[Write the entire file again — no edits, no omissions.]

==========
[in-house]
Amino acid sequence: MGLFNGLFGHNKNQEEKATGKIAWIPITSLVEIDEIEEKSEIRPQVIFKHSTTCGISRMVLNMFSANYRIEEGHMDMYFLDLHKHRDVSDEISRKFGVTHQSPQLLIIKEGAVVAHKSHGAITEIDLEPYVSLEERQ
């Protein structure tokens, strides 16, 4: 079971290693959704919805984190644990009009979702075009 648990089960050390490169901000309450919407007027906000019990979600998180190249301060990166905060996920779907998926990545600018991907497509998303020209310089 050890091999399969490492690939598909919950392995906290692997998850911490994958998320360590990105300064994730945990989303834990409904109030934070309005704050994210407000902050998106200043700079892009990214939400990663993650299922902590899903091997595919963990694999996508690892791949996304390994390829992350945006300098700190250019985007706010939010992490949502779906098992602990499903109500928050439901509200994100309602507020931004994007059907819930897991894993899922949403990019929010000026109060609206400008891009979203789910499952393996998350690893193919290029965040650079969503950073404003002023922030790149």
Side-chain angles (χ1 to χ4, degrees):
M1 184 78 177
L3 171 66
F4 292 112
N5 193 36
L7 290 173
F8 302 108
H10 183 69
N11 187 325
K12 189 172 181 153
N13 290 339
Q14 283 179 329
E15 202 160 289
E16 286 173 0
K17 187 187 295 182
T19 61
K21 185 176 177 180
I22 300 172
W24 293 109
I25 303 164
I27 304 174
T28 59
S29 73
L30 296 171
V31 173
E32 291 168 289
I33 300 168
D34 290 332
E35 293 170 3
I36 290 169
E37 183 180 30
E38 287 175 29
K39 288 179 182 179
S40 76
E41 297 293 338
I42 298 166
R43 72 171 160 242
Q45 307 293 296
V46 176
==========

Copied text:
[in-house]
Amino acid sequence: MGLFNGLFGHNKNQEEKATGKIAWIPITSLVEIDEIEEKSEIRPQVIFKHSTTCGISRMVLNMFSANYRIEEGHMDMYFLDLHKHRDVSDEISRKFGVTHQSPQLLIIKEGAVVAHKSHGAITEIDLEPYVSLEERQ
């Protein structure tokens, strides 16, 4: 079971290693959704919805984190644990009009979702075009 648990089960050390490169901000309450919407007027906000019990979600998180190249301060990166905060996920779907998926990545600018991907497509998303020209310089 050890091999399969490492690939598909919950392995906290692997998850911490994958998320360590990105300064994730945990989303834990409904109030934070309005704050994210407000902050998106200043700079892009990214939400990663993650299922902590899903091997595919963990694999996508690892791949996304390994390829992350945006300098700190250019985007706010939010992490949502779906098992602990499903109500928050439901509200994100309602507020931004994007059907819930897991894993899922949403990019929010000026109060609206400008891009979203789910499952393996998350690893193919290029965040650079969503950073404003002023922030790149």
Side-chain angles (χ1 to χ4, degrees):
M1 184 78 177
L3 171 66
F4 292 112
N5 193 36
L7 290 173
F8 302 108
H10 183 69
N11 187 325
K12 189 172 181 153
N13 290 339
Q14 283 179 329
E15 202 160 289
E16 286 173 0
K17 187 187 295 182
T19 61
K21 185 176 177 180
I22 300 172
W24 293 109
I25 303 164
I27 304 174
T28 59
S29 73
L30 296 171
V31 173
E32 291 168 289
I33 300 168
D34 290 332
E35 293 170 3
I36 290 169
E37 183 180 30
E38 287 175 29
K39 288 179 182 179
S40 76
E41 297 293 338
I42 298 166
R43 72 171 160 242
Q45 307 293 296
V46 176